In Scotland, we expect our clubs to serve our communities. St Mirren seem to be doing this very well.
The giant dome outside the stadium where young boys and girls can have a kickabout before a game is a great example of this. The rebranded stadium name supports the town’s bid to become the UK City of Culture in 2021. Posters explain the ways that fans can get involved in the running of the club, with a fans group having recently taken over.
Off the pitch, St Mirren appear to be getting it so right.
On the pitch was a different story…
The stands were busy and the atmosphere built nicely towards kickoff.
Regional slurs came from all directions in the stands and the banjo music playing over the tannoy, a joke at the expense of the away side, was met with mirth by both sets of supporters.
While St Mirren appear to have made impressive signings over the summer, their starting 11 featured 10 players who were at the club last season.
Despite this, the team appeared disjointed and lacked organisation.
Morton, considered underdogs for the clash were creating chances and St Mirren seemed powerless to do anything about it.
Young striker Jai Quitongo (of famous footballing stock) ran the Buddies defence ragged and his pace was a constant thorn in the side of the aging Andy Webster.
It was no surprise then, in the 17th minute when Morton took the lead. The jubilation amongst the Morton faithful was clear to see and the inevitable wind-ups followed.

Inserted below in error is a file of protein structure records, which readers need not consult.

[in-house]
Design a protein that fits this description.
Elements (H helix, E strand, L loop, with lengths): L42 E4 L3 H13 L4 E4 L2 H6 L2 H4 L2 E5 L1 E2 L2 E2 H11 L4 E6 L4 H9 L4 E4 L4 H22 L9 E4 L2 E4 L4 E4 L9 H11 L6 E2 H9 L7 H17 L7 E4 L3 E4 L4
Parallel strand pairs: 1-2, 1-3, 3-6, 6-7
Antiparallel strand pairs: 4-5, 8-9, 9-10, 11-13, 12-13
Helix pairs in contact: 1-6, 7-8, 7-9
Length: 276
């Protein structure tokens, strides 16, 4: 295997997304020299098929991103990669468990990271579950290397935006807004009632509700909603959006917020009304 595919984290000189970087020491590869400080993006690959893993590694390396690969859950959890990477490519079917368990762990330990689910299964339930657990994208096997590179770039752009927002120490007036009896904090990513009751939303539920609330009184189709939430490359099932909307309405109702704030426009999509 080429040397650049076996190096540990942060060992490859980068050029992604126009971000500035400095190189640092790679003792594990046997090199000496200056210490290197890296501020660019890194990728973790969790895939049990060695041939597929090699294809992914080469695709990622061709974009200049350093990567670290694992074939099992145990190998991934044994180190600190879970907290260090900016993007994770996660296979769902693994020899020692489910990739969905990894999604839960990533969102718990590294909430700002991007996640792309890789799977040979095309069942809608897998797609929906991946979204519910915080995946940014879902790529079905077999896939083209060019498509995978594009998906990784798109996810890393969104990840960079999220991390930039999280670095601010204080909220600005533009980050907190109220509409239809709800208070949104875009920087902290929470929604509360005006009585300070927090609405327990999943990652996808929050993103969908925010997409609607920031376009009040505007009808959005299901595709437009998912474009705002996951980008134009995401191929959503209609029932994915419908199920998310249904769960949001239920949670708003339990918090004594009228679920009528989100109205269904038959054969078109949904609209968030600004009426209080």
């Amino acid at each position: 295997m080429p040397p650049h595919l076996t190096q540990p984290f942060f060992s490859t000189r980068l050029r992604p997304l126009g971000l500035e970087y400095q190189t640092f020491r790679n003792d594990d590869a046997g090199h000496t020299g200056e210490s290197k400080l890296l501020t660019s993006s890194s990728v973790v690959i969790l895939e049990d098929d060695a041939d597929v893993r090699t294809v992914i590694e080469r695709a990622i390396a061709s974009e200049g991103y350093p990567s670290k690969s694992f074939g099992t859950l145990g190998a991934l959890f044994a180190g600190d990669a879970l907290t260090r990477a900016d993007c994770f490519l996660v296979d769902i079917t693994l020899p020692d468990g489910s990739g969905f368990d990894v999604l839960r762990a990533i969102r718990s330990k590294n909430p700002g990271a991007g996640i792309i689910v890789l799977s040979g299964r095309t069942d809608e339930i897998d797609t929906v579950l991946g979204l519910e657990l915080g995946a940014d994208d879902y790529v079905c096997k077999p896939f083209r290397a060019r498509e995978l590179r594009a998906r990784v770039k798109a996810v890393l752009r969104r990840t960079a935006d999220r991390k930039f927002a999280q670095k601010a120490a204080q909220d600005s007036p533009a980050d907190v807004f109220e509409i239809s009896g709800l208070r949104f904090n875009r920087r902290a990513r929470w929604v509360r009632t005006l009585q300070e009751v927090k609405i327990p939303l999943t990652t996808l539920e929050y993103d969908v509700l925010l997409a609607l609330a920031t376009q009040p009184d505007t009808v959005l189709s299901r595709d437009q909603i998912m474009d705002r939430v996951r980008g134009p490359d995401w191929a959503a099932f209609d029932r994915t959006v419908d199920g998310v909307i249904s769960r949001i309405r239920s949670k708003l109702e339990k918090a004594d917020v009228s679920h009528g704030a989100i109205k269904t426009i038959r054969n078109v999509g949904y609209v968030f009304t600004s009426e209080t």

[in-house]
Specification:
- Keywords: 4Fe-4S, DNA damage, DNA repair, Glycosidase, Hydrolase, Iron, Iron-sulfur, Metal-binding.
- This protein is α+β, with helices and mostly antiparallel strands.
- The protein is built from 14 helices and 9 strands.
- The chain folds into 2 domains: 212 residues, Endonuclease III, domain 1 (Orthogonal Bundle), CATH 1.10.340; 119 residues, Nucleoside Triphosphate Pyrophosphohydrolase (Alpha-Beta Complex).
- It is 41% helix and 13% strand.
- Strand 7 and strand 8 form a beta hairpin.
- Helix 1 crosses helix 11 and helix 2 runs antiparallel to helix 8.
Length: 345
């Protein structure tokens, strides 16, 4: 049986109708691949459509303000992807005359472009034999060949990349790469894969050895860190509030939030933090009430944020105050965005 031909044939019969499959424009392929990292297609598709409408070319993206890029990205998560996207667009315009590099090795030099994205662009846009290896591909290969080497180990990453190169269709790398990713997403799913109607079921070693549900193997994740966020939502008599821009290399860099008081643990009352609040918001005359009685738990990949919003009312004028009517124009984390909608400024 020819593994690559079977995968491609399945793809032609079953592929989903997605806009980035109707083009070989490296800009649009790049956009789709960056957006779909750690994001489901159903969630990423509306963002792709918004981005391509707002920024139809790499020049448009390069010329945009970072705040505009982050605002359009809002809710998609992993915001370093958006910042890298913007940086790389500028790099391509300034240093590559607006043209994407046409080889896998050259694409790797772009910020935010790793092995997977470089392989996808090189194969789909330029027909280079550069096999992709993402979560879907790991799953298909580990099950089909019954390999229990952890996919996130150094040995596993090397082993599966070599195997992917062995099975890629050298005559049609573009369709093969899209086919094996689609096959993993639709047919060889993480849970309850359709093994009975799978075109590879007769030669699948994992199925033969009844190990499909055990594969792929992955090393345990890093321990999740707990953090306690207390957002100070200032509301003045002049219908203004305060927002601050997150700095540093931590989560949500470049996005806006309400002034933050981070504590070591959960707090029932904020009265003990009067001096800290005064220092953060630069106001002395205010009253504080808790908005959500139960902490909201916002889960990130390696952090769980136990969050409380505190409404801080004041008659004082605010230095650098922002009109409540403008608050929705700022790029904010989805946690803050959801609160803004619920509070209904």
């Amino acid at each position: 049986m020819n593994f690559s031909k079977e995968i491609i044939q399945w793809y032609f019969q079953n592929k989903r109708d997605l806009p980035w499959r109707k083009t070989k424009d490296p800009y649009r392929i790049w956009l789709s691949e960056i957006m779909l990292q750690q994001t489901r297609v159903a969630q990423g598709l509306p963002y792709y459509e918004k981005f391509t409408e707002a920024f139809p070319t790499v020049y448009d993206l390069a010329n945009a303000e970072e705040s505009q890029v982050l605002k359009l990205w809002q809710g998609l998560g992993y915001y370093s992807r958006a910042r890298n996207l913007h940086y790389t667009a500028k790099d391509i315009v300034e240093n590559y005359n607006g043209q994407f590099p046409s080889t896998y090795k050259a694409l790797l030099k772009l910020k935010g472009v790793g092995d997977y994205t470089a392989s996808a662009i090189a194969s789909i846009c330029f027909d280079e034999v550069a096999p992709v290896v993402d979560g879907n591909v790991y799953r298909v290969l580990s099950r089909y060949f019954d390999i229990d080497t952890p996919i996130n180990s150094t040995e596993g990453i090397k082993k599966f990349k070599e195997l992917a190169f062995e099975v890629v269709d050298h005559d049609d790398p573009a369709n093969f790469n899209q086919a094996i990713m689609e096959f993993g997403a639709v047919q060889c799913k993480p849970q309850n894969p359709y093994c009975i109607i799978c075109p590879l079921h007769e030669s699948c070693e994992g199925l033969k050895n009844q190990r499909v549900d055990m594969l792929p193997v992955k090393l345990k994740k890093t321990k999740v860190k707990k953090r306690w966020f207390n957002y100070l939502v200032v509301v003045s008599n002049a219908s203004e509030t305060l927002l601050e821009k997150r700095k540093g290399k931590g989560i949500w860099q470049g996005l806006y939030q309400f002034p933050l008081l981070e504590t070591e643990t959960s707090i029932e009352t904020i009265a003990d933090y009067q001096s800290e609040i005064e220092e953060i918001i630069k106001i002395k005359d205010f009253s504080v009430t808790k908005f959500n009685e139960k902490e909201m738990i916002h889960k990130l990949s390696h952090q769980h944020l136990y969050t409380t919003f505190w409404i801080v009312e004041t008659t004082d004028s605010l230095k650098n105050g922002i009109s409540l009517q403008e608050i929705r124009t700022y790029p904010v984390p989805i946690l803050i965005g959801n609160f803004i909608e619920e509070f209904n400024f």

The reaction from the stands was unforgiving. As the game continued in a similar fashion the black and white clad masses vented their frustrations at half-time.
The second half wore on with St Mirren taking a long time to get a foothold in the game.
Manager Alex Rae made three attacking substitutions as he tried to give his team a fighting chance.
In the end, one of those substitutions, the returning John Sutton would rescue a point for the Buddies.
As a ball was hung up to the back post (one of the few crosses that met a black and white player’s head all day) the towering Sutton was able to head past the despairing Gaston in the Morton goal with 83 minutes on the clock.
This time it was the turn of those around me to celebrate. That the goal was scored in front of the Morton fans made it all the sweeter and the volley of insults between the fans picked up again.
With minutes remaining neither side was able to find a winner.
The St Mirren fans were relieved to have taken anything from a game in which they performed so poorly. The Morton fans will be pleased with their performance but ultimately disappointed with the result.
The long journey home gave me time to reflect on the experience.
There is no question St Mirren are in many ways a good example for others to follow.
A strong sense of community is clear in the way the club is run and this can only get stronger with fans now in charge of steering the it.
Over the course of the season the Buddies will be hoping that the quality of the product on the park can match the apparent quality off it.
St Mirren 1 Morton 1
Attendance : 4997